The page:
I was once on the receiving end of Colleen Graffy’s attempts to spin conditions at Guantánamo. At the time, Graffy was the US’s Assistant Secretary of State for Public Diplomacy at the time – and she was on a PR offensive for the controversial prison camp. It was, she told a meeting I attended, a much nicer place to be than many British prisons.
It was a strangely undiplomatic line – strikingly cavalier about conditions at the base, while oddly rude about her British hosts. You can get a good idea of her position from this Guardian piece she wrote around the same time.
Graffy lives in London these days and landed at one of the capital’s airports five hours ago, after a long flight from California. Some journalist should call her up and get a comment on this story by Scott Horton, which alleges that three men who were said to have committed suicide at the base on June 9, 2006, were actually tortured to death.
I have no way of judging how robust Horton’s reporting is, but he certainly seems to have done his homework, with eye witness accounts from guards who were on duty that day and backing from this powerful analysis of the military’s cover story by Seton Hall University School of Law’s Center for Policy & Research.
Here’s an extract from Horton’s story – but please take the time to read the whole thing if you haven’t seen it already:
Military pathologists connected with the Armed Forces Institute of Pathology arranged immediate autopsies of the three dead prisoners, without securing the permission of the men’s families. The identities and findings of the pathologists remain shrouded in extraordinary secrecy, but the timing of the autopsies suggests that medical personnel stationed at Guantánamo may have undertaken the procedure without waiting for the arrival of an experienced medical examiner from the United States. Each of the heavily redacted autopsy reports states unequivocally that “the manner of death is suicide” and, more specifically, that the prisoner died of “hanging.” Each of the reports describes ligatures that were found wrapped around the prisoner’s neck, as well as circumferential dried abrasion furrows imprinted with the very fine weave pattern of the ligature fabric and forming an inverted “V” on the back of the head. This condition, the anonymous pathologists state, is consistent with that of a hanging victim.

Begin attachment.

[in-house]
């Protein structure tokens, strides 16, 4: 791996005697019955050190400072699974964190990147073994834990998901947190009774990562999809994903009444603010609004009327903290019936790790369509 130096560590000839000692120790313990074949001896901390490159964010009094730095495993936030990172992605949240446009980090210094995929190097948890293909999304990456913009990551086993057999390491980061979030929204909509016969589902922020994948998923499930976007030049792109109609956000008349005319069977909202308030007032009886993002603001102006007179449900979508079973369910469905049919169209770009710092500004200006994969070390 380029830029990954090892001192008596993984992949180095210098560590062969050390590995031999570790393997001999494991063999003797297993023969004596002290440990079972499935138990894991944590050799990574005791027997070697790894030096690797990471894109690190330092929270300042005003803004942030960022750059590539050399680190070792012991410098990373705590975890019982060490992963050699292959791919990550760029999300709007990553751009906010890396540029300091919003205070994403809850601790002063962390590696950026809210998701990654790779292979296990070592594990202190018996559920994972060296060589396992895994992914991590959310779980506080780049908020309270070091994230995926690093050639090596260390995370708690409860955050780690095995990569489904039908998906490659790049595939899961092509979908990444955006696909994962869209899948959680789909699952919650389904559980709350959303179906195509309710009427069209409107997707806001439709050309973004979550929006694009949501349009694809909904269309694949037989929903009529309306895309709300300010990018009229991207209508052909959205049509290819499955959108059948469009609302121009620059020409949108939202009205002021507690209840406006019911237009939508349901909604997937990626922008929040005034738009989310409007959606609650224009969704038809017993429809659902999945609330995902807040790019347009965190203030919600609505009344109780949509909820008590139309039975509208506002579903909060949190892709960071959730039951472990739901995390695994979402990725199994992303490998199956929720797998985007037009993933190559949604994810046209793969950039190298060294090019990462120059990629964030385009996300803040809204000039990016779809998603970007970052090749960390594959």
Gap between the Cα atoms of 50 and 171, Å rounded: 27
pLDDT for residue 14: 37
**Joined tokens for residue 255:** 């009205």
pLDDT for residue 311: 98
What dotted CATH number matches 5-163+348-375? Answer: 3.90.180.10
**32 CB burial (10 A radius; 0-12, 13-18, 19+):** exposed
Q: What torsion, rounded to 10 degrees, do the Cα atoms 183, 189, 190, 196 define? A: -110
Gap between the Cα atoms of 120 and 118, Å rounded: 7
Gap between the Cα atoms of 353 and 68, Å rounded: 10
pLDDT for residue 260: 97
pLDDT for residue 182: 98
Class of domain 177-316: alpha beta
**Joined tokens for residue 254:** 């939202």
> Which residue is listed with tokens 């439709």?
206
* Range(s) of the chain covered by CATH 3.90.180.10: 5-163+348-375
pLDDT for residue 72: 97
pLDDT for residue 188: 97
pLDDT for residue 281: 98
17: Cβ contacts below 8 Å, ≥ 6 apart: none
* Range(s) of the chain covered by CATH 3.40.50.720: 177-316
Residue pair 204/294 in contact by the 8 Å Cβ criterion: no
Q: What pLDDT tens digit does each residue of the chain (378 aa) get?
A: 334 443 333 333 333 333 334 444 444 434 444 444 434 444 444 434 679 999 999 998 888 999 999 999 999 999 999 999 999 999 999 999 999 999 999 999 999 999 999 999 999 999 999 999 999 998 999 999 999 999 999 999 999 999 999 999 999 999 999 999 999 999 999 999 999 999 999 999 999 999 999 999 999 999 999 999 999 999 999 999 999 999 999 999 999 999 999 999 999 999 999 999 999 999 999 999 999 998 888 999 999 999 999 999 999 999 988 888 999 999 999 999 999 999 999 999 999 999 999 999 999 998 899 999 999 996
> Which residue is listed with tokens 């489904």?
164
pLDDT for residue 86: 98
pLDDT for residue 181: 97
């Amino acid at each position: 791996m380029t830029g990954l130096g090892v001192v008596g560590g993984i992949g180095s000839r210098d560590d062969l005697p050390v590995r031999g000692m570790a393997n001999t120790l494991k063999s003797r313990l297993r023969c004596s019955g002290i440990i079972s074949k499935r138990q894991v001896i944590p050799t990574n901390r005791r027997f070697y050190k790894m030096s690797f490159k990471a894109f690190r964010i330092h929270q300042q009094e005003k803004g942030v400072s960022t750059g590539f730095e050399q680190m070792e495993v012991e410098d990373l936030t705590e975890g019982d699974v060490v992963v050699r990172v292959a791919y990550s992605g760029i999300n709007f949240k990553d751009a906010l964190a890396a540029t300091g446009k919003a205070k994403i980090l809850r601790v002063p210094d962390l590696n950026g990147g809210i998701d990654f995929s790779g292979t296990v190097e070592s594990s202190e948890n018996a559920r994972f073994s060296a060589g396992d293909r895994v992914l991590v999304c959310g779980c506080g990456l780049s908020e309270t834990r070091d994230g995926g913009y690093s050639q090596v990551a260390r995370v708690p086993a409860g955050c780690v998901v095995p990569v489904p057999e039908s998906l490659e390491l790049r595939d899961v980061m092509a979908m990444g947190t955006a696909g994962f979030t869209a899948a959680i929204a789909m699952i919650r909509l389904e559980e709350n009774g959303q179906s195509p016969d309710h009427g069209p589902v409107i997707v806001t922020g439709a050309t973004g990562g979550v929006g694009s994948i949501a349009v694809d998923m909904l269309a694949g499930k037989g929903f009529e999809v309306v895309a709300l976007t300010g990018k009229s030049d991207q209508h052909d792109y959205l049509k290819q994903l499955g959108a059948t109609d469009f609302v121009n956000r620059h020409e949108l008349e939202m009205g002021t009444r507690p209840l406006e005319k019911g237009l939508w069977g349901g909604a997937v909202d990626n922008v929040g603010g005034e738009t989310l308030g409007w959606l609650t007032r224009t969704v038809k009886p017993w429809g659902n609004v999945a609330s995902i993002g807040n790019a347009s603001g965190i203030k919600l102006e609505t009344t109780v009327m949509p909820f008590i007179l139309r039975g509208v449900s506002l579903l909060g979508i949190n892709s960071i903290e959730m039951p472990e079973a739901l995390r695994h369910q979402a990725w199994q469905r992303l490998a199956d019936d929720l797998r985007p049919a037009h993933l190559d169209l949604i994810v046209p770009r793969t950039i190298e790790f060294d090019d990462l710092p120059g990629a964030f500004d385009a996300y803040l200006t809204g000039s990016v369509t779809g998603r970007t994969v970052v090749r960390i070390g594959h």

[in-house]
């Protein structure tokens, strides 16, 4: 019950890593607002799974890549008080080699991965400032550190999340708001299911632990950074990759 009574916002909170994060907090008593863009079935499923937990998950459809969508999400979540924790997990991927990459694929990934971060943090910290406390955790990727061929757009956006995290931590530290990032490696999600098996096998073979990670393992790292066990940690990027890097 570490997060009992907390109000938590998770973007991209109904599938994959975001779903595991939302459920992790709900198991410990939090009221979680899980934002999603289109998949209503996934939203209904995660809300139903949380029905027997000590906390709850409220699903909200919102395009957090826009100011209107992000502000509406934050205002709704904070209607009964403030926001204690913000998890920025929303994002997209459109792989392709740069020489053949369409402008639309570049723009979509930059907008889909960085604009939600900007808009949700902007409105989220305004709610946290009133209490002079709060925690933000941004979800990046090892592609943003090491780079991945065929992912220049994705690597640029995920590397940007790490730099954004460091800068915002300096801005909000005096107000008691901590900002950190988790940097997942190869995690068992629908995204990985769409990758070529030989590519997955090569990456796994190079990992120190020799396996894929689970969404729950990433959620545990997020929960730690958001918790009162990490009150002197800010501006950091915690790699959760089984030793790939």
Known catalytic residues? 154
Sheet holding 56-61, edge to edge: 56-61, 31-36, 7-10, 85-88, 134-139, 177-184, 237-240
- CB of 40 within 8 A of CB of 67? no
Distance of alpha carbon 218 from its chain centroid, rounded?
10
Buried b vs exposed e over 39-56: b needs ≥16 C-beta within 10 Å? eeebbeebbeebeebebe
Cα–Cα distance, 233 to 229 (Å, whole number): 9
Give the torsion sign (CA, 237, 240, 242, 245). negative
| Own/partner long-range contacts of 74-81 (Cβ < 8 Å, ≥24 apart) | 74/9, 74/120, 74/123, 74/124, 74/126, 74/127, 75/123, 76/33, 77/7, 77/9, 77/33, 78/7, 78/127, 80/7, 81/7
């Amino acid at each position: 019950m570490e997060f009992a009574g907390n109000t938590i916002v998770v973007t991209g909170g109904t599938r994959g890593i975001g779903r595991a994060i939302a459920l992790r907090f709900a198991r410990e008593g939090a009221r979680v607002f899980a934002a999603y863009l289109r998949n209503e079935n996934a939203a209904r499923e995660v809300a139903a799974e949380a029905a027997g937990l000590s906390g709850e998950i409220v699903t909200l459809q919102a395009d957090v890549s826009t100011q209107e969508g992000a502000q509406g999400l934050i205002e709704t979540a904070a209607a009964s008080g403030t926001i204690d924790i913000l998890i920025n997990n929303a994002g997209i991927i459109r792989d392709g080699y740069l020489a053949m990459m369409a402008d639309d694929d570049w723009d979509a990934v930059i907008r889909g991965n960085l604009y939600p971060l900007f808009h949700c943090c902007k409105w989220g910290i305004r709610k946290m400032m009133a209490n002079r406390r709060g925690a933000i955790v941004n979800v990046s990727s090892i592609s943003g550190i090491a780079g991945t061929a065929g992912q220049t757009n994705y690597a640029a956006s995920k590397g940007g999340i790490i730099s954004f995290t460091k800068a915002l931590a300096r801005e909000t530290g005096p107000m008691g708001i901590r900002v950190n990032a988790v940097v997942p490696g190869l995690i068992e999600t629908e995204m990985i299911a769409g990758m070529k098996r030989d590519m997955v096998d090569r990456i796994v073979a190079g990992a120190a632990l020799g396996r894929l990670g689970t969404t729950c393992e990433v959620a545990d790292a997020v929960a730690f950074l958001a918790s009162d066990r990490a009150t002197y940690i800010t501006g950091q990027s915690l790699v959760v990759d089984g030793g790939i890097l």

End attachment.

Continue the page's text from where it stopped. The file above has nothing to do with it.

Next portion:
The pathologists place the time of death “at least a couple of hours” before the bodies were discovered, which would be sometime before 10:30 p.m. on June 9. Additionally, the autopsy of Al-Salami states that his hyoid bone was broken, a phenomenon usually associated with manual strangulation, not hanging.
The report asserts that the hyoid was broken “during the removal of the neck organs.” An odd admission, given that these are the very body parts—the larynx, the hyoid bone, and the thyroid cartilage—that would have been essential to determining whether death occurred from hanging, from strangulation, or from choking. These parts remained missing when the men’s families finally received their bodies.
At the time, Graffy was heavily involved in the public affairs response to the alleged suicides. In an interview with the BBC, she acused the men of hanging themselves as “a tactic to further the jihadi cause.” Their suicide was “a good PR move to draw attention” by men who did not value their lives nor the lives of those around them.
Not so, says Horton. Two of the men (one just a boy really, Yasser Talal Al-Zahrani was just 17 years old when captured) were slated for release. The other could not be returned to Yemen, but analysts had apparently concluded that “there is no credible information to suggest [he] received terrorist related training or is a member of the Al Qaeda network.”
So, journos – now would be a good time to call Graffy for a quote. Has she read Horton’s story? Does she still believe the men committed suicide? And does she still maintain they killed themselves to get a juicy headline?
These are not simply gotcha questions. Maybe, she’s had a change of mind as the evidence about torture has continued to mount. It would be interesting to know…